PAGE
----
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2023-07-01t211416z_1859046978_mt1usatoday20977244_rtrmadp_3_south-carolina-u-s-sen-lindsey-graham-takes-the-stage-scaled

There are plenty of reasons to boo Lindsey Graham off a stage

Let us count the ways.

Analysis | Washington Politics

There are plenty of reasons to boo Senator Lindsey Graham.

The longtime South Carolina Republican was booed so spectacularly by a Donald Trump rally audience in his own home state on Saturday that he had to leave six minutes into his speech. He just couldn’t get a word out in a display that one CNN commentator called “far worse than I ever personally witnessed. In a word, it was a bloodbath.”

It would seem that Graham is a pariah with Trump supporters for his on-again-off-again support of the former president. He was against him before he supported his 2016 campaign (Graham was a short-lived 2016 contender himself), and has been critical of Trump’s taking of classified documents, while defending him on other charges and accusations, including the Jan. 6 riots at the Capitol. 

It would be encouraging to hear that Graham, who has represented his state as senator since 2003 and previously as a member of the House from 1995, was excoriated, too, for his unreconstructed voracious appetite for war. That's doubtful, but maybe, just maybe, it's part of the browbeating he got on Saturday. But it is worth revisiting his litany of abuses in this realm anyway.

RS contributor Jack Hunter has done a lot to bring it all together over the years, but here is a taste:

In March 2022, he called for a Julius Caesar killing of Russian President Vladimir Putin. "The only way this ends is for somebody in Russia to take this guy out. You would be doing your country — and the world — a great service," Graham tweeted.

More recently during the debt ceiling crisis, he said that holding the defense spending budget to its current $850 billion would be a “gift to China” and suggested any future supplemental Ukraine aid bill could go towards filling in spending gaps.

In March, Graham suggested the U.S. should follow the foreign policy of “Reagan” and shoot down any Russian plane that got near American aircraft in international airspace. “(President Reagan) would start shooting Russian planes down if they were threatening our assets.” Hunter noted why this is not only a stupid idea but a gross historical misnomer.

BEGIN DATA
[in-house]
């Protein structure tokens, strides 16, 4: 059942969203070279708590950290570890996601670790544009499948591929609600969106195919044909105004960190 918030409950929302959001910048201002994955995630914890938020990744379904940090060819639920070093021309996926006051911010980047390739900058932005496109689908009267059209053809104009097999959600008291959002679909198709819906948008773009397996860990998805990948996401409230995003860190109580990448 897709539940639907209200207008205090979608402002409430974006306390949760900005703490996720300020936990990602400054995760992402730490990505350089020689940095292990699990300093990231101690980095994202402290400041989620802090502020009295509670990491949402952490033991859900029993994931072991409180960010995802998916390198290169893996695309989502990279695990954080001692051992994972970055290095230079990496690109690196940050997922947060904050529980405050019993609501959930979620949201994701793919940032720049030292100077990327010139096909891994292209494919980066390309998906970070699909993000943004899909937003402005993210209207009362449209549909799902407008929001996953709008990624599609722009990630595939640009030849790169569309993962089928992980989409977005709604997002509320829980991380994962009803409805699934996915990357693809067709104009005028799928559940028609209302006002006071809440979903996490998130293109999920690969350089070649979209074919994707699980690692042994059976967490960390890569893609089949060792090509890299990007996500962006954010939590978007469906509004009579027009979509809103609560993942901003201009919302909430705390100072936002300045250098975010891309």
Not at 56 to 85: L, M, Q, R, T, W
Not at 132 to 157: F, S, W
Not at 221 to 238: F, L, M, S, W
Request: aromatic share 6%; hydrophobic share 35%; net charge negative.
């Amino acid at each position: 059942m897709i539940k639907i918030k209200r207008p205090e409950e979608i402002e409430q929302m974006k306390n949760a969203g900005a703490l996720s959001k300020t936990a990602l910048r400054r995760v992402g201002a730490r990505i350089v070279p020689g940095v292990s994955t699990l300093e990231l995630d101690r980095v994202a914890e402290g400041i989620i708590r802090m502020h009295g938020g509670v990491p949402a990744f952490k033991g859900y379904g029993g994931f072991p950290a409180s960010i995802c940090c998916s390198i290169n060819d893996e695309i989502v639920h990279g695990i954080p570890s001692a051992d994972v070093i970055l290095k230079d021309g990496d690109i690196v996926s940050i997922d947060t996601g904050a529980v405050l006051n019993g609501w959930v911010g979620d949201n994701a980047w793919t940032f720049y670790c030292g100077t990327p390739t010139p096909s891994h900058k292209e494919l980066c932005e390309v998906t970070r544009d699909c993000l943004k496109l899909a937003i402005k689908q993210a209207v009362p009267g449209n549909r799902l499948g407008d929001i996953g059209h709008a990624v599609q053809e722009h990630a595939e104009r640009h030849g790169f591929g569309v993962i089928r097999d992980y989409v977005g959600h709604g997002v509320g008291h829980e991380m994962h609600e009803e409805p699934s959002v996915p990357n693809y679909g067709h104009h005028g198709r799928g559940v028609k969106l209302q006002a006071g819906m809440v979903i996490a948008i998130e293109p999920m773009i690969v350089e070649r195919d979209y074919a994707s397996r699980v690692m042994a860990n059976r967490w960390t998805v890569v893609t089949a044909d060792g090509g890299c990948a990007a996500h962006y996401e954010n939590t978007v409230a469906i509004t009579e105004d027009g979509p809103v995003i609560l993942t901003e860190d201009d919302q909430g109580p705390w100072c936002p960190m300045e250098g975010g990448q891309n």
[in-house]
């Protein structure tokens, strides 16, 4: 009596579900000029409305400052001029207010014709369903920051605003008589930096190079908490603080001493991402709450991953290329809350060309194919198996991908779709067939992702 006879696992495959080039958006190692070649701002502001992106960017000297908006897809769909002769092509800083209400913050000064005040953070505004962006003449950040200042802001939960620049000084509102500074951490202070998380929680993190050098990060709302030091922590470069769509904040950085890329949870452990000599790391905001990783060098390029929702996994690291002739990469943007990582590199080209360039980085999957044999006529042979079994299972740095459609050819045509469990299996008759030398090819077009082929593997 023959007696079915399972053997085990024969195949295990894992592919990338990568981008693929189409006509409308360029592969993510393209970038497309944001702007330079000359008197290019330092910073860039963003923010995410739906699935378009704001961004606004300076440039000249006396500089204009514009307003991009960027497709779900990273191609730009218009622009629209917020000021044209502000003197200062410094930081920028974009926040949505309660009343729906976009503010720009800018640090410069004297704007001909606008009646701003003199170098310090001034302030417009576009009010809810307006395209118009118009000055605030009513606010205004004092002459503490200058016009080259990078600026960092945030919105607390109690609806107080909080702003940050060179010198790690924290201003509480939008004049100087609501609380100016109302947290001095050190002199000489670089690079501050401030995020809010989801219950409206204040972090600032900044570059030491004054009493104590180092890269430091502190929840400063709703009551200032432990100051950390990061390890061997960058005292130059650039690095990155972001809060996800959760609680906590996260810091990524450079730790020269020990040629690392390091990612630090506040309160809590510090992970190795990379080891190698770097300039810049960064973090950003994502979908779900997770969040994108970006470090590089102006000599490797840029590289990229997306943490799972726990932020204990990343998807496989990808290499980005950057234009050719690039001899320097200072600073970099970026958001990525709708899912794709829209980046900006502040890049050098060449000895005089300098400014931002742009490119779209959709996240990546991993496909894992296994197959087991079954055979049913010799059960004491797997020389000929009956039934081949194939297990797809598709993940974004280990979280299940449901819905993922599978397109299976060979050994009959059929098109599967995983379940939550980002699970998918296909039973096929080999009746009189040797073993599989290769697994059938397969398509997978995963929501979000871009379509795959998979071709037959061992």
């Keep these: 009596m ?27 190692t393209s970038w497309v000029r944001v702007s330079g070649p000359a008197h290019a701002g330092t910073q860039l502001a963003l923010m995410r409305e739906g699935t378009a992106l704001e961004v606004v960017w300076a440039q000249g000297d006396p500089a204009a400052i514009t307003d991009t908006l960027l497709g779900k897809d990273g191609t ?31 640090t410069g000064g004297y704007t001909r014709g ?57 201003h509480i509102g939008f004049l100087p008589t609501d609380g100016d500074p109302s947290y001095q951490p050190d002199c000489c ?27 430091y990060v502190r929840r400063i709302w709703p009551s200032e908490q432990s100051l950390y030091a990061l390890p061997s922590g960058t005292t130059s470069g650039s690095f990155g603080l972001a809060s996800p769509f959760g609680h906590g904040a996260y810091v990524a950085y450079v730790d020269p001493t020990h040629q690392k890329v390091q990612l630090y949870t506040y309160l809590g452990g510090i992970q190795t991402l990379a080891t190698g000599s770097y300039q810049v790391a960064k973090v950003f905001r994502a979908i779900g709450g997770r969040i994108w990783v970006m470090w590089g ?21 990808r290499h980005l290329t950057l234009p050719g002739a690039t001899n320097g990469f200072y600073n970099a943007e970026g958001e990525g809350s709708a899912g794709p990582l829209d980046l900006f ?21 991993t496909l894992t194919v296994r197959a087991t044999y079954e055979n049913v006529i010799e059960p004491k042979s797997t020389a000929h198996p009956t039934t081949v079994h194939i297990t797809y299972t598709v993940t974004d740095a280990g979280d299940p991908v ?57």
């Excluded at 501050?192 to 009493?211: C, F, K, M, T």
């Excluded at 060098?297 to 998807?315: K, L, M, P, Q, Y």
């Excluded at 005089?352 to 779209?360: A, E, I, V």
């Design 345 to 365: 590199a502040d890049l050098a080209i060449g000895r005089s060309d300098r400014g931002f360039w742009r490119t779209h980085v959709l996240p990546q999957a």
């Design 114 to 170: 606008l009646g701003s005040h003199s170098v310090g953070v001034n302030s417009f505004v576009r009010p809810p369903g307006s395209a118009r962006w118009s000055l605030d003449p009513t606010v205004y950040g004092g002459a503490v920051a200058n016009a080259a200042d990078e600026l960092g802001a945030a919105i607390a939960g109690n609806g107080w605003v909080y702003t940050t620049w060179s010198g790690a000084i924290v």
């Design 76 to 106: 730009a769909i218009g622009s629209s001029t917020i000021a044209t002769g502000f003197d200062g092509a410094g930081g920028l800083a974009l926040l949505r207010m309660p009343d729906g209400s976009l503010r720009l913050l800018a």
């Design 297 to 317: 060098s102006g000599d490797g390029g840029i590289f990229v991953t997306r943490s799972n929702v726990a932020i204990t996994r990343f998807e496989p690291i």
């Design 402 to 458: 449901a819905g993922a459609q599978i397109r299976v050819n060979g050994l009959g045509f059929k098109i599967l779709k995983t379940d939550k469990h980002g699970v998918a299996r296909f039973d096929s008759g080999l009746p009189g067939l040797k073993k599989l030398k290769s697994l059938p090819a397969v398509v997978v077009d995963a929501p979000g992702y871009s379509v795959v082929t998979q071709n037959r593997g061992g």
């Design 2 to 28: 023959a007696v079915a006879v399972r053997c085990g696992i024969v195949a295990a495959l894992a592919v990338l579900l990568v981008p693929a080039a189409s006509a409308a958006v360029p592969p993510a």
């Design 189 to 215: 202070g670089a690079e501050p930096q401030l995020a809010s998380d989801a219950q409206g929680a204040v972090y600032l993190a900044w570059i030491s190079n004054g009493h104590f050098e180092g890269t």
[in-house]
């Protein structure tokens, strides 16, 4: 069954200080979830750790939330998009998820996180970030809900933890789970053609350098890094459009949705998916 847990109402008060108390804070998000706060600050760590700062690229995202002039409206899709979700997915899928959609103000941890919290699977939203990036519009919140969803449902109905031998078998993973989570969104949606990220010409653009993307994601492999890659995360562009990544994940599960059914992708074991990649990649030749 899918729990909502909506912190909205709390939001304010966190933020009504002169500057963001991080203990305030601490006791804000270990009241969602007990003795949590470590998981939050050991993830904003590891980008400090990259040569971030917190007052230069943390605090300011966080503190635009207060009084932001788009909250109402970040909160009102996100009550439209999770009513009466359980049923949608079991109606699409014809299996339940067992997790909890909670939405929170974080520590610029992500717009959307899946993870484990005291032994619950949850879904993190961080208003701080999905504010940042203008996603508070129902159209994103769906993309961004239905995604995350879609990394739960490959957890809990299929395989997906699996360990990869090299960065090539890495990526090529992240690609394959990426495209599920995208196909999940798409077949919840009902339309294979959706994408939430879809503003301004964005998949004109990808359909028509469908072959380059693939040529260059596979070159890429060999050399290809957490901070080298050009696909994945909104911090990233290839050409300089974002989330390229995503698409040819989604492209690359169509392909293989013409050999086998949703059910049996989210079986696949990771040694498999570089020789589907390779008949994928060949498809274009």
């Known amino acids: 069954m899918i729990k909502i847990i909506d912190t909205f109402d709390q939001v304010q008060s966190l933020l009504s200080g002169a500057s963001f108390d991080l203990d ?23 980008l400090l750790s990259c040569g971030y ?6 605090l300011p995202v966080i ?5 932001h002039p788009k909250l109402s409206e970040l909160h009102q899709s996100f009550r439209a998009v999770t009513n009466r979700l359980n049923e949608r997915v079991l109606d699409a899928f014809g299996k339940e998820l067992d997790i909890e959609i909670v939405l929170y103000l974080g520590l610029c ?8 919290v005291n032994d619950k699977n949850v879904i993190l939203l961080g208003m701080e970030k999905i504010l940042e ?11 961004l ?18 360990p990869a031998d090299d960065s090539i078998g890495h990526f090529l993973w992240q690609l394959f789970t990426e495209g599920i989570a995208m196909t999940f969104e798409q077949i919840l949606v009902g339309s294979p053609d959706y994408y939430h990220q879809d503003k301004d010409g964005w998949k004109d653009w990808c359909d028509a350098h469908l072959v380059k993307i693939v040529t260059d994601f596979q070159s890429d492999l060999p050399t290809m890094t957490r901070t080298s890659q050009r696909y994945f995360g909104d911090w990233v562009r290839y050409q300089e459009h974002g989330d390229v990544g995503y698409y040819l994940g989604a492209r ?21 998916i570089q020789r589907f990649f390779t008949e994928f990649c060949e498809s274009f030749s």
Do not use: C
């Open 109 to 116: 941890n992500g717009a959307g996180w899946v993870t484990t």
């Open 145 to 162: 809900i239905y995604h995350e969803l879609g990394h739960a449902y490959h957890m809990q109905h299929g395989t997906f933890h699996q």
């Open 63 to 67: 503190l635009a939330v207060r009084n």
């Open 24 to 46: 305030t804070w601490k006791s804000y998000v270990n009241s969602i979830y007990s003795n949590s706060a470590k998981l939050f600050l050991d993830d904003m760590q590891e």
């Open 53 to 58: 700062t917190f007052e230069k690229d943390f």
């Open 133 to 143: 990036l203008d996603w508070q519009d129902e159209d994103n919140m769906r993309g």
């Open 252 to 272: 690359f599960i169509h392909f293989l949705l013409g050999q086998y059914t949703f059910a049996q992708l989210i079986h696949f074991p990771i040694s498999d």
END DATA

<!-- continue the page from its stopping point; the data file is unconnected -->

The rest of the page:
But as many have been quick to point out, Graham has never seen a war that he wasn’t in favor of waging.

Also in March, Graham told an interviewer that an Israeli air strike might be the only way to knock out Iran's nuclear program, which would all but commit the U.S. to a war with Iran, too.

In 2013 he bucked members of his own party by supporting a military strike on Syria. “I believe that if we get Syria wrong, within six months — and you can quote me on this— there will be a war between Iran and Israel over their nuclear program,” Graham told an audience at the time.

“It won’t come to America on top of a missile, it’ll come in the belly of a ship in the Charleston or New York harbor,” he added. Two years later  in 2015 he and comrade Sen. John McCain were pushing to send 10,000 troops back into Iraq and another 10,000 into Syria to battle ISIS.

Four years later, Graham said Trump’s failure to hit Iran hard after it downed a U.S. surveillance drone could be interpreted as a “sign of weakness.” 

And who could forget all of the senator’s salivating comments about war with North Korea during the Trump administration? 

Graham said we would be “hurtling toward war” with Pyongyang if we didn’t “stop” their nuclear program. “If we have to go to war to stop this, we will,” he said in November 2017. “And if there’s a war with North Korea, it’ll be because North Korea brought it on itself.”

This wasn’t the first time he said that war in Korea was inevitable. Two months earlier, reportedly recounting a conversation with the president, he said in an interview: “There is a military option: to destroy North Korea’s nuclear program and North Korea itself. He’s not going to allow — President Trump — the ability of this madman (Kim Jong Un) to have a missile that could hit America."

“If there’s going to be a war to stop him, it will be over there,” Graham added. “If thousands die, they’re going to die over there. They’re not going to die over here — and he’s told me that to my face.”

When asked for confirmation, White House officials said “all options remain on the table” — but efforts were to continue “maximum diplomatic and economic pressure to convince North Korea to change course.”

Analysts at the time suggested Graham was projecting, and who would be surprised. It is after all, Lindsey Graham, who said this March during the 20th anniversary of the war in Iraq that the decade of bloodshed and continuing costs to Americans and the world was “worth it.”

“Here’s what I would ask people to focus on,” Graham said at the time. “Is the world better off without Saddam Hussein, and are we better off with a democracy replacing him? I’d say yes.”

Graham was booed off a stage this weekend. We’d like to think it was for his warmongering. Likely not. But it is a pleasant thought.

South Carolina U.S. Sen. Lindsey Graham takes the stage during the Trump rally in downtown Pickens, S.C. Saturday, July 1, 2023. He reacts as some in the crowd turns their thumbs down as he speaks to the crowd about his support for Trump.
Analysis | Washington Politics
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